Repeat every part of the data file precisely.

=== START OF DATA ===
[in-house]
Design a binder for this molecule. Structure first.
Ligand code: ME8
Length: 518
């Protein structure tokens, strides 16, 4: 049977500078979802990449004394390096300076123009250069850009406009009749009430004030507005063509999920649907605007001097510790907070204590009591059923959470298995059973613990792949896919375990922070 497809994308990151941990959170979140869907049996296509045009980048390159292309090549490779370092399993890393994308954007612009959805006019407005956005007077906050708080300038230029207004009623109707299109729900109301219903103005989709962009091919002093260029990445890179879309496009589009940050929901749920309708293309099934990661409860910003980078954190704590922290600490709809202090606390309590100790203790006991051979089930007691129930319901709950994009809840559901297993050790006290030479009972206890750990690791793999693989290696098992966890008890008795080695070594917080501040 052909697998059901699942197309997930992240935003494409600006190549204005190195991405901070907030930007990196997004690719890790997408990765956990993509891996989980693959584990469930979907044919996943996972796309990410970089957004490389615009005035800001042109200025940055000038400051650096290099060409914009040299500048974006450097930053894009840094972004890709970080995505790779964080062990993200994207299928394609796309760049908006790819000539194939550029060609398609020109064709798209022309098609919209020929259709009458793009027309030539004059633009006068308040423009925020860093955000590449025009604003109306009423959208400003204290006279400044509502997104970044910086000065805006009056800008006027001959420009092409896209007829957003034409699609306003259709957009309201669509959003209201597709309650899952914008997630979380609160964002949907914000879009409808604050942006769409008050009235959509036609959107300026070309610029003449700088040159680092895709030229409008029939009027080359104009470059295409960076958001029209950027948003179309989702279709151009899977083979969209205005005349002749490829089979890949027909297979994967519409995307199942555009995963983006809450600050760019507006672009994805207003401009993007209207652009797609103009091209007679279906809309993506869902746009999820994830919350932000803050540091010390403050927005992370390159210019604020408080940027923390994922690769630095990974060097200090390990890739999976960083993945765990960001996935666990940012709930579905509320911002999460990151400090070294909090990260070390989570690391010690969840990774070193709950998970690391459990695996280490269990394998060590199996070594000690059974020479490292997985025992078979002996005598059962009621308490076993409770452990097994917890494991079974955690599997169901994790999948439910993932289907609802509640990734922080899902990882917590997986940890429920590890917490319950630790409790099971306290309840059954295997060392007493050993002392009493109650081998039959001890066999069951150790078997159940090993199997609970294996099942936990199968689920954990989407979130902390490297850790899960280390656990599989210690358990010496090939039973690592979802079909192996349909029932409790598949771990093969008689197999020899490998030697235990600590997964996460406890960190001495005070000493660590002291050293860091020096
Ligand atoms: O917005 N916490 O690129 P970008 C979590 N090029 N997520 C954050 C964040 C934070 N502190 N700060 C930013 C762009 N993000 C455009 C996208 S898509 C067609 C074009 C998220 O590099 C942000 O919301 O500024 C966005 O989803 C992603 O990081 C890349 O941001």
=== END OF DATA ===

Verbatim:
[in-house]
Design a binder for this molecule. Structure first.
Ligand code: ME8
Length: 518
């Protein structure tokens, strides 16, 4: 049977500078979802990449004394390096300076123009250069850009406009009749009430004030507005063509999920649907605007001097510790907070204590009591059923959470298995059973613990792949896919375990922070 497809994308990151941990959170979140869907049996296509045009980048390159292309090549490779370092399993890393994308954007612009959805006019407005956005007077906050708080300038230029207004009623109707299109729900109301219903103005989709962009091919002093260029990445890179879309496009589009940050929901749920309708293309099934990661409860910003980078954190704590922290600490709809202090606390309590100790203790006991051979089930007691129930319901709950994009809840559901297993050790006290030479009972206890750990690791793999693989290696098992966890008890008795080695070594917080501040 052909697998059901699942197309997930992240935003494409600006190549204005190195991405901070907030930007990196997004690719890790997408990765956990993509891996989980693959584990469930979907044919996943996972796309990410970089957004490389615009005035800001042109200025940055000038400051650096290099060409914009040299500048974006450097930053894009840094972004890709970080995505790779964080062990993200994207299928394609796309760049908006790819000539194939550029060609398609020109064709798209022309098609919209020929259709009458793009027309030539004059633009006068308040423009925020860093955000590449025009604003109306009423959208400003204290006279400044509502997104970044910086000065805006009056800008006027001959420009092409896209007829957003034409699609306003259709957009309201669509959003209201597709309650899952914008997630979380609160964002949907914000879009409808604050942006769409008050009235959509036609959107300026070309610029003449700088040159680092895709030229409008029939009027080359104009470059295409960076958001029209950027948003179309989702279709151009899977083979969209205005005349002749490829089979890949027909297979994967519409995307199942555009995963983006809450600050760019507006672009994805207003401009993007209207652009797609103009091209007679279906809309993506869902746009999820994830919350932000803050540091010390403050927005992370390159210019604020408080940027923390994922690769630095990974060097200090390990890739999976960083993945765990960001996935666990940012709930579905509320911002999460990151400090070294909090990260070390989570690391010690969840990774070193709950998970690391459990695996280490269990394998060590199996070594000690059974020479490292997985025992078979002996005598059962009621308490076993409770452990097994917890494991079974955690599997169901994790999948439910993932289907609802509640990734922080899902990882917590997986940890429920590890917490319950630790409790099971306290309840059954295997060392007493050993002392009493109650081998039959001890066999069951150790078997159940090993199997609970294996099942936990199968689920954990989407979130902390490297850790899960280390656990599989210690358990010496090939039973690592979802079909192996349909029932409790598949771990093969008689197999020899490998030697235990600590997964996460406890960190001495005070000493660590002291050293860091020096
Ligand atoms: O917005 N916490 O690129 P970008 C979590 N090029 N997520 C954050 C964040 C934070 N502190 N700060 C930013 C762009 N993000 C455009 C996208 S898509 C067609 C074009 C998220 O590099 C942000 O919301 O500024 C966005 O989803 C992603 O990081 C890349 O941001």